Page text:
// Total net loss of 6,001 stores in 2020, double the rate of closures in 2019
// York, Durham and Corby are worst-hit areas
// Despite results, Local Data Company says “there are opportunities for retailers who are able to weather this storm”
A whopping 11,000 shops have been forced to close in the first half of 2020 due to the coronavirus lockdown, according research from the Local Data company and PwC.
The report found a total of 11,000 chain operator outlets shut their doors between January and August.
About 5,000 shops opened during the period, leaving a net decline of 6,001 stores – almost double the drop experienced in the same period last year.
In 2019 shops were closing at an average are of 16 per day, according to the Local Data Company.
The coronavirus pandemic and subsequent lockdowns have exacerbated this trend, with more people shopping online for items they previously set out to the high street to buy.
York was the worst-hit area for the first half of 2020, experiencing 55 net closures, followed by Durham with 43, Corby with 26, Bangor with 21 and Worcester with 19.
However PwC consumer markets leader Lisa Hooker said lockdown sped-up a trend already taking place with people moving their high street shopping online.
“We know that the pandemic will continue to impact the way we work, rest and play; however, in terms of how we shop, this isn’t new,” Hooker said.
“What we have seen is an acceleration of existing changes in shopping behaviours alongside forced experimentation from Covid-19 restrictions.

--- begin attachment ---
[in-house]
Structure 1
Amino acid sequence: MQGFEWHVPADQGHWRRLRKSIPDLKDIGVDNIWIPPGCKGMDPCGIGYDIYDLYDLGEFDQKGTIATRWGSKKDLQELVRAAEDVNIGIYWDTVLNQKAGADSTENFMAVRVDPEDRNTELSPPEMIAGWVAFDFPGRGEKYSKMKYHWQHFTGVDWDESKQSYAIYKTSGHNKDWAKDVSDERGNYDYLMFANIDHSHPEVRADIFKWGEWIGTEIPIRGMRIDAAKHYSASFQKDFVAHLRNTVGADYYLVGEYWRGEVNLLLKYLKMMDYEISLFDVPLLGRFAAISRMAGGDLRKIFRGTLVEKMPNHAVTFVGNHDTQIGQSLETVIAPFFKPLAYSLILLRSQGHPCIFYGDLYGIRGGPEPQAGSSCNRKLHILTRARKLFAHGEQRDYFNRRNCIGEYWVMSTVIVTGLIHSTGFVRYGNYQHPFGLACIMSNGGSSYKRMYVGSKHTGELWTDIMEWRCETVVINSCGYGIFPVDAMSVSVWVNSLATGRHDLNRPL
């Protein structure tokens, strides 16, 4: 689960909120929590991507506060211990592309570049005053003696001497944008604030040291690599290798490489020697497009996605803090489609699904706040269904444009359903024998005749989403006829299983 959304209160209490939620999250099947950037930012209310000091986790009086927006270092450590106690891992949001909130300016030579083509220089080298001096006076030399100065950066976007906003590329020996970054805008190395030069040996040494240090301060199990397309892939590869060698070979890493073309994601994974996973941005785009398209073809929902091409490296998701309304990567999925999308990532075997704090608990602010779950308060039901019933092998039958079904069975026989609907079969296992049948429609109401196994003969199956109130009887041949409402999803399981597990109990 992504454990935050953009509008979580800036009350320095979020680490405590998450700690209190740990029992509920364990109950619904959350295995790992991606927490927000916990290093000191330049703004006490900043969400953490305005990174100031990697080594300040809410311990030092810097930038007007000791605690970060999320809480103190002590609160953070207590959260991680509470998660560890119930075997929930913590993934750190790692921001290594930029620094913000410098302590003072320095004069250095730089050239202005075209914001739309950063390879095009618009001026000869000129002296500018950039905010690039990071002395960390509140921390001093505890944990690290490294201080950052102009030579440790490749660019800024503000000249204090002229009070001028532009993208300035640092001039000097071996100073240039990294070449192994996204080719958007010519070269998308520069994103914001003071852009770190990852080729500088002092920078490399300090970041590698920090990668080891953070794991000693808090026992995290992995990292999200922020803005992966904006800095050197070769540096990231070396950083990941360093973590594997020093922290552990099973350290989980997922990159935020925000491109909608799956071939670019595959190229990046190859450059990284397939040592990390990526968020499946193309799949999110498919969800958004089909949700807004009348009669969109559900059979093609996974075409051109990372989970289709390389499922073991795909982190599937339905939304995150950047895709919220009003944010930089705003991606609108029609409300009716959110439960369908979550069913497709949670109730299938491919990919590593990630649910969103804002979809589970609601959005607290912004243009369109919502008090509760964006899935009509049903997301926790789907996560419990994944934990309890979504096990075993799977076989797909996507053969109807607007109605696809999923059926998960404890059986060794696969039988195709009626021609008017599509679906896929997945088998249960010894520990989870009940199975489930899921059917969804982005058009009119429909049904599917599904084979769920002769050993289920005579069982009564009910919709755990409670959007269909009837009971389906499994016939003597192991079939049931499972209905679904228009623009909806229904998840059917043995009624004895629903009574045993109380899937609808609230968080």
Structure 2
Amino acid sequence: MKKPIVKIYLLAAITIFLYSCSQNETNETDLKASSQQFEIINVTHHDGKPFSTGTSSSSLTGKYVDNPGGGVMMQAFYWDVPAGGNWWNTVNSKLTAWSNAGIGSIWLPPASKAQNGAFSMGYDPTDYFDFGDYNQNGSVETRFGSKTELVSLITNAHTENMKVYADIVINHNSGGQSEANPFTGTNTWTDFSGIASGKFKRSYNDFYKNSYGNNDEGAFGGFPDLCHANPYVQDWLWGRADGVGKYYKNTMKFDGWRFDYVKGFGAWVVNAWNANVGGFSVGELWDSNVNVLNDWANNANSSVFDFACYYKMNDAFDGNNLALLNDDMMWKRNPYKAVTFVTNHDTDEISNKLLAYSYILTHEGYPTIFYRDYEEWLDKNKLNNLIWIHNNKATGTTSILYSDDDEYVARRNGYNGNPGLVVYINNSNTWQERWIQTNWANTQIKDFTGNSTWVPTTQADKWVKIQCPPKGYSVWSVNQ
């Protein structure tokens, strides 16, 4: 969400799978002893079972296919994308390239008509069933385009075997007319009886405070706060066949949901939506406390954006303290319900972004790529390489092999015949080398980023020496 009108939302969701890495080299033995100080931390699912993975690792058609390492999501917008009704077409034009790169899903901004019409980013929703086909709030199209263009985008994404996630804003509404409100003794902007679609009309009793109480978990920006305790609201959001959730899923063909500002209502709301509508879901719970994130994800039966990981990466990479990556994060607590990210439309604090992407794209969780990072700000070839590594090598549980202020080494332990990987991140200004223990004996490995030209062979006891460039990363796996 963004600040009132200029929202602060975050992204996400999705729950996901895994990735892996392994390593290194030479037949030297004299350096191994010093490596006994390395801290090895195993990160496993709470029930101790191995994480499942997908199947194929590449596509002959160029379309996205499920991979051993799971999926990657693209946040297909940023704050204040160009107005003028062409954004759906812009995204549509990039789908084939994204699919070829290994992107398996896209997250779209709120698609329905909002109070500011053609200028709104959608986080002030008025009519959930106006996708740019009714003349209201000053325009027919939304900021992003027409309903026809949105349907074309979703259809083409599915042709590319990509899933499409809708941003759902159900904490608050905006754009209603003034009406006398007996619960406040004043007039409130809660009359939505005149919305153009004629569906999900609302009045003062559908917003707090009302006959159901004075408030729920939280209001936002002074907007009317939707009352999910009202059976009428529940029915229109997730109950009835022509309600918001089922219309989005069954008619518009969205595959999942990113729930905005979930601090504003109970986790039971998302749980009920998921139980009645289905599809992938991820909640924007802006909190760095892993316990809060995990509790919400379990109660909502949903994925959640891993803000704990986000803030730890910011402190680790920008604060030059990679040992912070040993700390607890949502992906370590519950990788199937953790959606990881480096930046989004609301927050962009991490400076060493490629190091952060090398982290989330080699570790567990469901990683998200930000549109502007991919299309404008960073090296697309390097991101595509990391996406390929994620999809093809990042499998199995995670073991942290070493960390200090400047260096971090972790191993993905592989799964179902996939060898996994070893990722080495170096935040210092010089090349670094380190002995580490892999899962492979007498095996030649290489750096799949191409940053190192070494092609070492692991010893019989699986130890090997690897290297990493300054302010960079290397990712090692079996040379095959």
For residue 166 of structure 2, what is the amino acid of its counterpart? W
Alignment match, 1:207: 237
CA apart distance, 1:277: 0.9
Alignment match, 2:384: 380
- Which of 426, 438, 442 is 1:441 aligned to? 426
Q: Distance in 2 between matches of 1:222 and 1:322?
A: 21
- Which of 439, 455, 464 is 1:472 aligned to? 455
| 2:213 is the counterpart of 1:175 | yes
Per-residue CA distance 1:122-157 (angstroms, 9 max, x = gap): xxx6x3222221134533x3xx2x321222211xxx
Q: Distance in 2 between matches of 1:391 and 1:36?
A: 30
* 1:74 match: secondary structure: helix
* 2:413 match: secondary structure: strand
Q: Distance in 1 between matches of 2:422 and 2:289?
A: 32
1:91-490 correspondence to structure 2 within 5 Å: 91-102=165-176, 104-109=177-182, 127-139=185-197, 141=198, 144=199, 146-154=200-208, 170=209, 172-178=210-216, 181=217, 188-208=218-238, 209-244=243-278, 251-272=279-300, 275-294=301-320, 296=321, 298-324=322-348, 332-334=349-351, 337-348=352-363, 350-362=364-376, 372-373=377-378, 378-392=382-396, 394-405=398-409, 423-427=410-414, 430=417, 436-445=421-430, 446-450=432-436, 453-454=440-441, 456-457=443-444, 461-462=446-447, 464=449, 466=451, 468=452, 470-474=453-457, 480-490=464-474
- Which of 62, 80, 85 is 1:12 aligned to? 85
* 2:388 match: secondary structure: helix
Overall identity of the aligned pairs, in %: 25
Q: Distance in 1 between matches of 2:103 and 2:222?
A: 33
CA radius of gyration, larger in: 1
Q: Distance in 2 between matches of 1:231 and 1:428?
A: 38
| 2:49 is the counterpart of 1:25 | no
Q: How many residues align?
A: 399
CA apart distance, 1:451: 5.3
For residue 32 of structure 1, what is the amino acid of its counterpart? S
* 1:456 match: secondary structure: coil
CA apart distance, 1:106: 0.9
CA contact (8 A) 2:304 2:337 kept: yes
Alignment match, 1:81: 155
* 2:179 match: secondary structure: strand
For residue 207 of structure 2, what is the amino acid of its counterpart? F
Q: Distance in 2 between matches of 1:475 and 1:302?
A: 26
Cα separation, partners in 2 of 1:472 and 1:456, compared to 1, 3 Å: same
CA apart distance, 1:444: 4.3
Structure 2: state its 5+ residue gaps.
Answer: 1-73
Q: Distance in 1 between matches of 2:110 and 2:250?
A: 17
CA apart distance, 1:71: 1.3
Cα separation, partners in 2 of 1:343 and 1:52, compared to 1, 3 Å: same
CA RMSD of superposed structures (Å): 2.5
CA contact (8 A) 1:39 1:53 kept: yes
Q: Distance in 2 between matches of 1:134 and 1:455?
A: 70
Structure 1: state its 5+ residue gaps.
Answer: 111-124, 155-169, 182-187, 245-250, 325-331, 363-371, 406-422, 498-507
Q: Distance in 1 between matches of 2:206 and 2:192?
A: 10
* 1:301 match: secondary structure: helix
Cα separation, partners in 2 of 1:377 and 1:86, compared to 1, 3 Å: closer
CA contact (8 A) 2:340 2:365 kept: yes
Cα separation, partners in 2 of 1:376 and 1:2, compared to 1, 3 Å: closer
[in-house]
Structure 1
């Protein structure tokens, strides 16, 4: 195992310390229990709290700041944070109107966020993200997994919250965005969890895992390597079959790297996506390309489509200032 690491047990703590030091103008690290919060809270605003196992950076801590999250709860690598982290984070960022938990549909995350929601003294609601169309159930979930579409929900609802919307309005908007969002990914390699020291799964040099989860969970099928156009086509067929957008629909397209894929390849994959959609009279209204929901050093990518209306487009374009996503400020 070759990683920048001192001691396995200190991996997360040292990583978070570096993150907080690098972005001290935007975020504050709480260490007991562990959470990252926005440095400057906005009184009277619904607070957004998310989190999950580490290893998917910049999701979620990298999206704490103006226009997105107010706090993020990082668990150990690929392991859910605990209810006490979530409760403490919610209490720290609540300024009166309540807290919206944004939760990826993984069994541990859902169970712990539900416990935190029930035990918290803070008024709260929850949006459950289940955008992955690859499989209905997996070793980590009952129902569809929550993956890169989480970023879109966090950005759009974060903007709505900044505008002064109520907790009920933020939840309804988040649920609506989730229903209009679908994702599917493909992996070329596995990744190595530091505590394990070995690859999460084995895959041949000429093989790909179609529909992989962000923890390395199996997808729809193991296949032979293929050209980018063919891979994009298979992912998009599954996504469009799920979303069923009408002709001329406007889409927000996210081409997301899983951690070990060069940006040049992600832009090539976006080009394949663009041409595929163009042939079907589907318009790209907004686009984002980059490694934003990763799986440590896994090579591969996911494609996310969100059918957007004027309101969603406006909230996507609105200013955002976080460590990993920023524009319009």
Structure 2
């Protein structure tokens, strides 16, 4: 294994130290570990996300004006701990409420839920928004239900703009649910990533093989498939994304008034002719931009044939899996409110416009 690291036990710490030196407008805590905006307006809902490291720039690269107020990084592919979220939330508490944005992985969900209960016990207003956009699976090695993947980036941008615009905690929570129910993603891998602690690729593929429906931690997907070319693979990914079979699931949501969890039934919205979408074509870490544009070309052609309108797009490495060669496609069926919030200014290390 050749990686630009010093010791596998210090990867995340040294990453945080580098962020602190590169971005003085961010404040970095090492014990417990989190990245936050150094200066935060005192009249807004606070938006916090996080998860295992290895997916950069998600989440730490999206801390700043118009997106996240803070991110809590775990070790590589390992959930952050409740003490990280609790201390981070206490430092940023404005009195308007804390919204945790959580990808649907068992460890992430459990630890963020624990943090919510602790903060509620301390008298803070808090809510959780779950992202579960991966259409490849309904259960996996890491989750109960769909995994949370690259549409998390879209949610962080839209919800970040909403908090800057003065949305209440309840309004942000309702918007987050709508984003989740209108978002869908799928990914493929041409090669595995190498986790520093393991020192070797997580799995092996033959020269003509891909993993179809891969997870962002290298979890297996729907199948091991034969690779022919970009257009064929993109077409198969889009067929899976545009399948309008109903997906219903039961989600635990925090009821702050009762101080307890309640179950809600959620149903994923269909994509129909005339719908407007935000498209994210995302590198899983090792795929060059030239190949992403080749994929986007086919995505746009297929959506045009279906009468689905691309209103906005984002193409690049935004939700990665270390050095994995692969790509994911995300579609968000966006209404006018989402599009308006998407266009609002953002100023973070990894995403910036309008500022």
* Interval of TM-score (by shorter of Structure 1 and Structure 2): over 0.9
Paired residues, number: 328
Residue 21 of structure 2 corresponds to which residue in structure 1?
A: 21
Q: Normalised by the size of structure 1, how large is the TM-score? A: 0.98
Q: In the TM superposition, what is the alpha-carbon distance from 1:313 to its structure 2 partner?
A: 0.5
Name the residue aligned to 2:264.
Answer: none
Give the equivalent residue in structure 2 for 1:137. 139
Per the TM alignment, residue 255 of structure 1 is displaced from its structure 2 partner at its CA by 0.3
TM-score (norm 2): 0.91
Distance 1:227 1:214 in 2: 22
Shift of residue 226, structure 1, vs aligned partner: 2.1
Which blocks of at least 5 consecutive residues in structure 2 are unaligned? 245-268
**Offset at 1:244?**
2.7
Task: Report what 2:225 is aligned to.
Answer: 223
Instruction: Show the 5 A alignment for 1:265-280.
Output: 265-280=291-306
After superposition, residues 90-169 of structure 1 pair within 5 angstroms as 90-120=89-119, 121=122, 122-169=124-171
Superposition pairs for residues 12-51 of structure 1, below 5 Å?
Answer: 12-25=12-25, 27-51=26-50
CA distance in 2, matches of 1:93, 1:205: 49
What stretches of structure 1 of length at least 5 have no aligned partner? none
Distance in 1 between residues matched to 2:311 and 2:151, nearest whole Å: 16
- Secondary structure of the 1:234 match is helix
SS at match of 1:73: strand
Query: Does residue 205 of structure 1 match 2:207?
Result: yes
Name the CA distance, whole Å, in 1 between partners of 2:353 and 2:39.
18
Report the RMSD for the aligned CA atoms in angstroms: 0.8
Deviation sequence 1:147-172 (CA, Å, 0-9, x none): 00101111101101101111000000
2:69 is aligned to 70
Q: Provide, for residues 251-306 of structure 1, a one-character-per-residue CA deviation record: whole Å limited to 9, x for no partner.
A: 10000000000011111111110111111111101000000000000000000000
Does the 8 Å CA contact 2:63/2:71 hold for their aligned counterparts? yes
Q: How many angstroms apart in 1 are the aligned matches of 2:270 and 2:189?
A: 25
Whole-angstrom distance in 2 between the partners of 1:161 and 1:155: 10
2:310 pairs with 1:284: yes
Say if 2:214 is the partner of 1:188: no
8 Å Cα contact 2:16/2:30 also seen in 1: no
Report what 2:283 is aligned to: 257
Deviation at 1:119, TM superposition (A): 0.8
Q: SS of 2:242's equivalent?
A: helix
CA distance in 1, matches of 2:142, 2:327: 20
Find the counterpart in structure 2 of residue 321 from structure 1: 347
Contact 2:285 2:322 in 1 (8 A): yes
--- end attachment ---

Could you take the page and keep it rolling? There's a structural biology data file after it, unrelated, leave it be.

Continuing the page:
“We all knew that consumers were shifting to shopping online or changing their priorities in terms of the things they buy, but what Covid-19 has done is create a step-change in these underlying trends to where they have now become the new normal,” Hooker added.
The data shows there has been a steady rise of around 1,000 shop closures a year since 2017, when the total was 6,453.
“As with any economic turmoil, there are opportunities for retailers who are able to weather this storm, with the availability of prime property, increased activity and spend in local centres, and changing consumer habits,” Local Data Company head of retailing strategic partnerships Lucy Stainton said.
“Agile retailers who are able to innovate and adapt quickly, such as Pret launching its coffee subscription service or e-bike retailer Pure Electric who have opened 13 stores this year, will be the most resilient as we head towards the end of a year which arguably has been the most challenging in recent history,” Stainton added.